Otherwise, the new PS4 is in many ways similar to the old. Placed side-by-side, the dimensions are matched to the millimeter (barring the new buttons), while internally, shots reveal the same sized APU at the motherboard's centre - a likewise 28nm chip. The only other tweak is to the PS4's port layout around the back; the HDMI, auxiliary and Ethernet ports all switched around at no real consequence.

The PlayStation 4 C-Chassis (or CUH-1200 series) reviewed side-by-side with our launch unit. Power consumption and noise levels are significantly lowered, while the move to a full matte finish and physical buttons are each welcomed.

But what of the PS4's noise levels? It's fair to say that fan speeds on our launch model ratchet up to a distracting degree during play, especially so with games like The Last of Us Remastered. One of the worst offenders as of late is Rocket League - an Unreal Engine 3 game that cranks the older CUH-1000 PS4 up to 63.7 decibels (dB) on our sound meter (as tested while upright on a wooden desk, and viewing a 4v4 match in spectator mode). Our sensor takes its reading from a centimetre behind the console's back vents, recording the fan at its top-most RPM - and it's fair to say that the high-pitched whine is a distraction even from a few metres away.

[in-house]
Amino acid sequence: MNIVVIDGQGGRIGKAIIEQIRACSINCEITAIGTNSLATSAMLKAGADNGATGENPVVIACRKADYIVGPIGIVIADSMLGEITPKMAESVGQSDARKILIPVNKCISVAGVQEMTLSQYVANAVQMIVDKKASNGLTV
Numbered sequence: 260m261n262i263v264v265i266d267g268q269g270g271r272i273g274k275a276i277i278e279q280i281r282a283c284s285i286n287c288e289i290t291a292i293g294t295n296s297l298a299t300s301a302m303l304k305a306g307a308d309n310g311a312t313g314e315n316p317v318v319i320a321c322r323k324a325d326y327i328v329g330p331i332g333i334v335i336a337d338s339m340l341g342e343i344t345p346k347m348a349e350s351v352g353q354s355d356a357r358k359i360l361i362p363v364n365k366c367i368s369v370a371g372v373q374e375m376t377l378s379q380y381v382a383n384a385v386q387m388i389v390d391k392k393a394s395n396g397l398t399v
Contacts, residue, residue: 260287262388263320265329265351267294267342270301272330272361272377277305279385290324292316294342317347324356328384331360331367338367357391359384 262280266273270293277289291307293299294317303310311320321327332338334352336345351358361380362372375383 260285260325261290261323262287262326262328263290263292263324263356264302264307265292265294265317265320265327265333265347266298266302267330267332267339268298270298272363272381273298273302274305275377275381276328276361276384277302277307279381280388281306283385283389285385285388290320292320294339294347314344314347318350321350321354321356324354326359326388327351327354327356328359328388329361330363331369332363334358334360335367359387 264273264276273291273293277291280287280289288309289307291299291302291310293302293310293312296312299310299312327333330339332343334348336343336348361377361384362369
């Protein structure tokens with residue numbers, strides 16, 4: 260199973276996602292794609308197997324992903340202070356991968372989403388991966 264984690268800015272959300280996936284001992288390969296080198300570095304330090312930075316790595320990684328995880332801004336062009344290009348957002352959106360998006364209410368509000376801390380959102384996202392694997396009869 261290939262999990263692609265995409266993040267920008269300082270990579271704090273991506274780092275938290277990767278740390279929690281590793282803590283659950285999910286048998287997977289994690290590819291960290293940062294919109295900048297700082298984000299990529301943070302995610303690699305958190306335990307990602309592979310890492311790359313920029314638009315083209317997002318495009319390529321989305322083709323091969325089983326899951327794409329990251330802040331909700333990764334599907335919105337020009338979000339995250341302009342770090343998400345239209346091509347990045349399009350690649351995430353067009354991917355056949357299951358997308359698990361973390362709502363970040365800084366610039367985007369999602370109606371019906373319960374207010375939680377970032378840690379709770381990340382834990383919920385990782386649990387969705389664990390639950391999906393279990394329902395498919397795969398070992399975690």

By comparison, the C-Chassis PS4 makes a real difference. In starting the console under the exact same testing conditions, Rocket League doesn't rise much higher than 51.2 decibels on the meter. This puts the new PS4 model at 12 decibels quieter overall in this close-proximity test. Though we're unlikely to get so close to a PS4 vents in reality, the difference is tangible at a regular playing distance from the console. At full speed, the launch PS4 is audible from across our office - a louder presence with higher pitch and volume. The new model is far from whisper quiet, but the fan isn't nearly such a distraction at max velocity.